Look what I found in the garden this morning.
That whirring noise you hear is the sound of Gamal Abdel Nasser, erstwhile coup leader and President of Egypt, whirring contentedly in his grave. Readers with very long memories will recall that in July 1956, he abruptly nationalised the Suez Canal company, ostensibly on the grounds that its revenues would enable the construction of the Aswan Dam after the US and the UK had refused to fund the project. Since the canal was a critical conduit for seaborne traffic to India and the Far East, and Britain and France were the prime shareholders in it (and prime recipients of the revenues therefrom), the UK — under the leadership of Prime Minister Anthony Eden — conspired with France and Israel to invade Egypt to teach the upstart an imperial lesson for daring to hold the Western world to ransom and interrupt its supply lines.
The cod ‘invasion’ was what the US Marines would call a clusterfuck. The US refused to support the adventure, the pound dropped like a stone, Eden ‘resigned’ and ‘Global Britain’ suddenly realised that it wasn’t a global power any longer.
Now the canal is blocked by a giant container ship which seems to have run aground.
The Suez Canal handles around 12% of global trade, making it a key conduit in the world’s supply chains. Each day of blockage disrupts more than $9 billion worth of goods, according to Lloyd’s List, which translates to about $400 million per hour.
It’s 1956 all over again, but without the shooting.
Six years after the first Suez fiasco, Dean Acheson, who had been Harry Truman’s Secretary of State, famously observed that “Great Britain has lost an empire and not yet found a role”. It’s still looking for one.
The procrastinator’s matrix
Yesterday’s post about the Eisenhower Decision Matrix prompted an email from Johannes Björkman with a link to an elegant blog post by Tim Urban on The Procrastination Matrix, which looks like this:
Quote of the Day
”She fitted into my biggest armchair as if it had been built around her by someone who knew they were wearing armchairs tight about the hips that season.”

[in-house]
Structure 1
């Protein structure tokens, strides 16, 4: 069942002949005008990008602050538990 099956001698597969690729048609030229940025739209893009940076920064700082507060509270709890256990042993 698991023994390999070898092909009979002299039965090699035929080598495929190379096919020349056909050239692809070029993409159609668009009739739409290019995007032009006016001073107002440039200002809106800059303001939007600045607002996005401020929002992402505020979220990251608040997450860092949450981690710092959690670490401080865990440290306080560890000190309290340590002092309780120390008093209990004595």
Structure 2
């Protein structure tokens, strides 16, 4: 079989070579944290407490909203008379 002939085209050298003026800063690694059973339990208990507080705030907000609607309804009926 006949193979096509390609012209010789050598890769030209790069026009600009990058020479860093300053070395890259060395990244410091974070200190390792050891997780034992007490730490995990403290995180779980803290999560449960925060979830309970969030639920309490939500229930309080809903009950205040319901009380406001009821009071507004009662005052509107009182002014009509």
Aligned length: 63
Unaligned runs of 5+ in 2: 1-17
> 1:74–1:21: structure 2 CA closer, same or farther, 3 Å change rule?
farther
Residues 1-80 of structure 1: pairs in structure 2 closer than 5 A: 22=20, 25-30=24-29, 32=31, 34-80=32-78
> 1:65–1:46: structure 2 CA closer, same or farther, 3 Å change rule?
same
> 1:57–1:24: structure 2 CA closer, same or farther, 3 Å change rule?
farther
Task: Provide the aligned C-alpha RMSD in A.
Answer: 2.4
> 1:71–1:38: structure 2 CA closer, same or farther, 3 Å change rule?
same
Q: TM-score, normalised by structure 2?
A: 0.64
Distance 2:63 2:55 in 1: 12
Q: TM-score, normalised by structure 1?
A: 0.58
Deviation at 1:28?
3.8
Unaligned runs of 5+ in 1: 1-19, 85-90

- P.G. Wodehouse
Musical alternative to the morning’s radio news
Norah Jones | Don’t Know Why
Long Read of the day
Scott Galloway: The Sonic (Entrepreneurship) Boom
He’s always interesting. This week he’s thinking about what happens next as the world moves out of pandemic mode. And, as ever, his thinking is counter-intuitive…
Post-crisis periods are among history’s most productive eras. London rebuilt after the Great Fire with grand new architecture, and Europe after the worst of its plagues underwent a commercial revolution. The Marshall Plan turned enemies into allies, fomenting peace and prosperity for over half a century. Leaders also emerge from crises. Ulysses S. Grant was a washed-up soldier without prospects until war broke out, but that war created the opportunity for Grant to save the Union and advance the cause of freedom. This is all to say: In the next 36 months, I believe our economy will birth a new generation of web 3.0 firms and leaders. Why?
I’ve started nine businesses. The best predictive signal for their success has turned out to be the phase of the economic cycle in which they were started. Put simply, the best time to start a business is on the heels of a recession…
Thinker, Tanker, Scholar, Consultant
Every former policymaker in Washington is an academic, a researcher, and an adviser to big business.
Jake Sullivan is now one of the most powerful people in the US — Joe Biden’s national Security Advisor. The White House says that he has “spent the vast majority of his adult life in public service and academia” and “briefly did part-time consulting work for Macro Partners that was centered on his expert analysis of global policy trends.”
Jonathan Guyer of The American Prospect was not terribly impressed:
Newly released ethics forms show that Biden’s national-security adviser, Jake Sullivan, earned $80,000 last year from an academic position at Dartmouth College and $80,000 from Yale. But look to his affiliation with consulting firm Macro Advisory Partners for the less public but more lucrative work. Sullivan earned $138,000 for providing part-time “advisory services.” He worked for Uber, Mastercard, Lego, and big investment groups like Bank of America, Aviva, Standard Life Aberdeen, and Standard Chartered. (The Prospect reached out to all of the companies listed on Sullivan’s forms. Each one declined to comment or didn’t respond.) Separately, Sullivan earned $45,000 from Microsoft for providing advice to its president on policy issues.
Is there something dishonorable about working for big business? Sullivan never mentioned his role at Macro Advisory Partners in his bios on the websites of Yale, Dartmouth, or the Carnegie Endowment for International Peace, where he was also a researcher. His corporate affiliation never appeared in articles he wrote for Foreign Affairs or Foreign Policy, The New York Times or The Washington Post.
At the same time as he was advising these companies, Sullivan was also serving as a top adviser to Biden’s presidential campaign. That’s a seven-days-a-week, 13-plus-hours-a-day job. Yet he still carved out time for the firm.
This seems to be par for the course for many of Biden’s appointees. They’ve spent their busy lives in the revolving doors between elite universities, law firms, tech companies, think tanks, consultancy firms, lobbyists and … government. And they look awfully like the crowd who constituted the ruling elite of the Clinton years.
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